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The Bedford Coach - Application Lifecycle Management

July 4, 2019

 

 

Application Lifecycle Management better known as ALM enables the process of managing multiple models all connected through one source.  ALM was introduced approximately 3 years back and changed the way we managed our development, testing and production environments.  Prior to ALM you would need to replicate changes in all three models however ALMs powerful functionality allows changes in the development model to easily synchronise to testing and production environments.  ALM also benefits auditability and segregation of duties.

 

This article will discuss the following:

 

  • Pre-requisites for ALM

  • ALM Synchronisation

  • Source Mapping

  • Back to the Future Methodology

 

Pre-requisites for ALM

 

During initial development of a model ALM functionality is not required.  Once the project hits UAT this is when ALM can really add value.  Any further developments will then be required to run an ALM Sync.

 

When enabling ALM you first need to ‘ready’ the current development model.

  1. Set production lists

  2. Set production imports

Production data is operational data that changes often during day-to-day business operations.  Structural information can't be edited when a model is in deployed mode (more on model modes soon).

 

 

 

 

You cannot use a SELECT formula on a production list (unless selecting the Top Level Item).  In this case you need to use a Lookup Module and LOOKUP formula.

 

Model Copy

 

Once the development model is prepared for ALM a copy or copies of the development model should be taken and named TEST – XXXXXX and/or PROD – XXXXXX.  The model mode must be set to deployed mode.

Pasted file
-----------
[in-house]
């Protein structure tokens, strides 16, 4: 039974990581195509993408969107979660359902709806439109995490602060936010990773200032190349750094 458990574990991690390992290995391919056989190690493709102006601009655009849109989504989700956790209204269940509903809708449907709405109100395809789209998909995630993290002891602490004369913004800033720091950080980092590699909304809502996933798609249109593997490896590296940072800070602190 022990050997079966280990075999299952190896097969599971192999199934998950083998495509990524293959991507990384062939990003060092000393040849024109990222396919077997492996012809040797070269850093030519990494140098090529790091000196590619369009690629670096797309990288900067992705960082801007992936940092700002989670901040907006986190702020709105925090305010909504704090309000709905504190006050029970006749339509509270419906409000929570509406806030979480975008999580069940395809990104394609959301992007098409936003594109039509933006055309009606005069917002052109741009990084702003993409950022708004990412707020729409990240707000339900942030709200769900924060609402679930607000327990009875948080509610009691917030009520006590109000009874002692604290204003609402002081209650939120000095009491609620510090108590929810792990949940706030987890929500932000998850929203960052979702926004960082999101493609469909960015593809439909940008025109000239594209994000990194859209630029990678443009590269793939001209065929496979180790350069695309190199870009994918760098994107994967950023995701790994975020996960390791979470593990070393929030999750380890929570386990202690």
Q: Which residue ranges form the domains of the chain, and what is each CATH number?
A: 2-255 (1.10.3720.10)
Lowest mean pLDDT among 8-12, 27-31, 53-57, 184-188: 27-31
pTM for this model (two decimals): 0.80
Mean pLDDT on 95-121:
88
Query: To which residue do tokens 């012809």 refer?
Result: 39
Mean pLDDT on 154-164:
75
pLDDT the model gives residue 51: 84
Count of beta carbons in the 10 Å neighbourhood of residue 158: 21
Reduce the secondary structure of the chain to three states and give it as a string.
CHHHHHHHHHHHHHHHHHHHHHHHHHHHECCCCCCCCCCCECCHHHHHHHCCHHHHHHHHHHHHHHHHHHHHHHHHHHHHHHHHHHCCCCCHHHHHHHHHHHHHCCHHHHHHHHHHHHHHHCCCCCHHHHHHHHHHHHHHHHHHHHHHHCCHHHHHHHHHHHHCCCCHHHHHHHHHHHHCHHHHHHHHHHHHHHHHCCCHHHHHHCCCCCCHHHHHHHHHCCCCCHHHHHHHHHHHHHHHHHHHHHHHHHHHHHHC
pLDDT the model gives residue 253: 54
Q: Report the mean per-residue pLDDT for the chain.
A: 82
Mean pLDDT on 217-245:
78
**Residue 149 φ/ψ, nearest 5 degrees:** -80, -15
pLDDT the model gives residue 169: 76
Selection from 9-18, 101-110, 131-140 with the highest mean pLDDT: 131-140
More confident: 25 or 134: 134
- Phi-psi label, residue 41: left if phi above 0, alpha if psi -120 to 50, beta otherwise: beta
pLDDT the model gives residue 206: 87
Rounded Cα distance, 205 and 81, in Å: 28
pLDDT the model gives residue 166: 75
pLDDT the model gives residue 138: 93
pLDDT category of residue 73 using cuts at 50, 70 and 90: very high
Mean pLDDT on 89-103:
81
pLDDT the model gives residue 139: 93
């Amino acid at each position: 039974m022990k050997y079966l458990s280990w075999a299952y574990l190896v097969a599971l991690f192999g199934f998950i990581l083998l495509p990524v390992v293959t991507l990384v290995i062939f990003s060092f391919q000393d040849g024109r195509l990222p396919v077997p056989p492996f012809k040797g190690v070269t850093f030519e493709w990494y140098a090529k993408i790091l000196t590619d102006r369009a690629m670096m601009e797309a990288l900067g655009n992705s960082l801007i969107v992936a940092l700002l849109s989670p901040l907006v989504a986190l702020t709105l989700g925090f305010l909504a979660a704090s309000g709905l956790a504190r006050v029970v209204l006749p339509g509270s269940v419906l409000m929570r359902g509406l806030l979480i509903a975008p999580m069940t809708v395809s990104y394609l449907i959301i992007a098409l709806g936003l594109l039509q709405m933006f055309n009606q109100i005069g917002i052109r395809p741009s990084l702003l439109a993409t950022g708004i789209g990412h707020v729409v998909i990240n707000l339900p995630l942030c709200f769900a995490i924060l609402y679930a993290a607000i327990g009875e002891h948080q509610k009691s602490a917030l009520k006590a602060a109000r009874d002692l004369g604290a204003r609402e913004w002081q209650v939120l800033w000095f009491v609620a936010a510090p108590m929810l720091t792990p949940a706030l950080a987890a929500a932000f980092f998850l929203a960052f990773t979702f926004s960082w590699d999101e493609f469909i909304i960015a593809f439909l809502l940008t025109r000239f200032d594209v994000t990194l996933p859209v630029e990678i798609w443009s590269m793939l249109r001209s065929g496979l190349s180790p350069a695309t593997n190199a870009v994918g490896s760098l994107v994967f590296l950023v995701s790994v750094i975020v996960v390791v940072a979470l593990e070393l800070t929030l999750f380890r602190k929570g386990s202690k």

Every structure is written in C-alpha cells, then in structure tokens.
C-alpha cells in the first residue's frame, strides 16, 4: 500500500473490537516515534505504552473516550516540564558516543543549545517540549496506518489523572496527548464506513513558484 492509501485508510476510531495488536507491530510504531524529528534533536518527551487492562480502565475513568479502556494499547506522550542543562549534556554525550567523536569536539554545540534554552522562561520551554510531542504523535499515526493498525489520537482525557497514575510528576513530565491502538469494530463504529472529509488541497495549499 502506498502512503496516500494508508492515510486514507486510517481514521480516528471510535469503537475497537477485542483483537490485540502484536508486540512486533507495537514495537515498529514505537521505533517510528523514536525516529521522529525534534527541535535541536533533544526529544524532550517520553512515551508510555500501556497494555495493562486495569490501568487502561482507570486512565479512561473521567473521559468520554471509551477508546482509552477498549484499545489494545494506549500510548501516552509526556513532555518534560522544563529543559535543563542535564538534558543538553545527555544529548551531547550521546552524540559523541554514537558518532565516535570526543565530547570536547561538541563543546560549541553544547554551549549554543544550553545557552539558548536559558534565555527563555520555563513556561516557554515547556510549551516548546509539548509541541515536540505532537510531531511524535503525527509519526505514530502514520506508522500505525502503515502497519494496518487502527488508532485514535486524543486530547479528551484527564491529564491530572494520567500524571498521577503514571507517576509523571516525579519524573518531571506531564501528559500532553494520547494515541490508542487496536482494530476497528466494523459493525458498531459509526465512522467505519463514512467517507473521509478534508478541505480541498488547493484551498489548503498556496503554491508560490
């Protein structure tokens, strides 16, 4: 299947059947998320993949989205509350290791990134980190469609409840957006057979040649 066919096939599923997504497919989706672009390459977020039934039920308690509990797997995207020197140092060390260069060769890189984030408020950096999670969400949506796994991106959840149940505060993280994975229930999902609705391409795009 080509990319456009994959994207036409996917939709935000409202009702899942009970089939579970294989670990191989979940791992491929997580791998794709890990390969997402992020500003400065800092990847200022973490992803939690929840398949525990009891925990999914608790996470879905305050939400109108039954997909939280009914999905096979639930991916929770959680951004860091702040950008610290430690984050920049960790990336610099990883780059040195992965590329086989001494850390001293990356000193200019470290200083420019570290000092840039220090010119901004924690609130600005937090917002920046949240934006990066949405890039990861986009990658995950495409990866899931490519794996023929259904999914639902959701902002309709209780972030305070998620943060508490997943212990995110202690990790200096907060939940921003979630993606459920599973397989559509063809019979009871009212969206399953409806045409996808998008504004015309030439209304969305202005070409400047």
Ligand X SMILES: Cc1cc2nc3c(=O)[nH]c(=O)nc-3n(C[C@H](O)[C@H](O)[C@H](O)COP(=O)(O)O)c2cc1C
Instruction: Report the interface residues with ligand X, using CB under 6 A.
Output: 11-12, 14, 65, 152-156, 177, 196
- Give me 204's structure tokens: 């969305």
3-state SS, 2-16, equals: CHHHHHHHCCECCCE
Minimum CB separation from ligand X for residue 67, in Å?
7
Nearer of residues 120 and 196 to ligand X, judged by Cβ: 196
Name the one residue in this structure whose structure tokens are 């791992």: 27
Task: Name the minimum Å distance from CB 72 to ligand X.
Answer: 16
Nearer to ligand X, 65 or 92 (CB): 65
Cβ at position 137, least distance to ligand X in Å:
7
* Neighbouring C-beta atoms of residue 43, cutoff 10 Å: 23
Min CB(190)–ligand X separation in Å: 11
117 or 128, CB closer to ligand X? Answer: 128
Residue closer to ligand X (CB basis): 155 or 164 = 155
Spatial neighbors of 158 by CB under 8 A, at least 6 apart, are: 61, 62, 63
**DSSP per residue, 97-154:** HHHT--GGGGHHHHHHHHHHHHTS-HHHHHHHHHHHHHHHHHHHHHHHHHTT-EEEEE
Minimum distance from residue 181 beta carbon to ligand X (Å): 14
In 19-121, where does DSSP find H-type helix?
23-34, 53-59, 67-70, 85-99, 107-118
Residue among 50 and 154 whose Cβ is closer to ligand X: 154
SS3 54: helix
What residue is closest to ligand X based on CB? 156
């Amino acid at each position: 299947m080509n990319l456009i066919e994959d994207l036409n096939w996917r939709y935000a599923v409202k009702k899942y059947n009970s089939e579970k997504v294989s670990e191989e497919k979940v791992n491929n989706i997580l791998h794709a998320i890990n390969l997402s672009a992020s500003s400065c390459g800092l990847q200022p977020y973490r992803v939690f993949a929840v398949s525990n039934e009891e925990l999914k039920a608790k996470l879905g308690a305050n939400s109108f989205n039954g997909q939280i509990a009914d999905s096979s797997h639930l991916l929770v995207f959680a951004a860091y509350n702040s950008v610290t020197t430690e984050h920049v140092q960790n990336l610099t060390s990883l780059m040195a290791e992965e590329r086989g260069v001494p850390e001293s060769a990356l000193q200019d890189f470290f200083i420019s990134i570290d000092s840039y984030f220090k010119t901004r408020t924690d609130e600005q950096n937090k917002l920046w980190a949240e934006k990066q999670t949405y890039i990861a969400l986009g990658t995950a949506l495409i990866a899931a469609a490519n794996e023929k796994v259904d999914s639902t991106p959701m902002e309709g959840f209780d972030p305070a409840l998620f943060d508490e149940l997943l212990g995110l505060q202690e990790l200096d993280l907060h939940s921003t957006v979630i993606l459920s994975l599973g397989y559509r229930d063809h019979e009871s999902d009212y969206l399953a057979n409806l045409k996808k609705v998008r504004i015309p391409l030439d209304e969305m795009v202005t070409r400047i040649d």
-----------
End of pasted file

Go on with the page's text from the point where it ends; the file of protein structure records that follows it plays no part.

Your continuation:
There are two ways to copy a model

  1. Manage Models

  2. Copy Model From Revision

 

 

Copying a model using Manage Models will copy both Structural Data and Production Data items.  Copying Model from Revision will copy all Structural Data but leave Production lists unpopulated.  This is beneficial when you want create a new model from scratch and ensure there is no legacy data.

 

 

Model Mode

 

For reference there are four types of model modes:

 

  • Standard           - provides full access to model data, including structural information

  • Deployed          - blocks any modifications from being made to a model’s structural information

  • Locked              - read-only for all users, including Workspace Administrators

  • Archived           - store the model in Anaplan without it contributing to the workspace allowance

 

 

 

 

 

 

ALM Synchronisation

 

Synchronising development to test / production models involves a number of steps.  After a build has been completed in the development model a revision tag needs to be created.  A revision tag is a snapshot of the models structural information at a point in time.  This revision tag can then be synced to any compatible target models.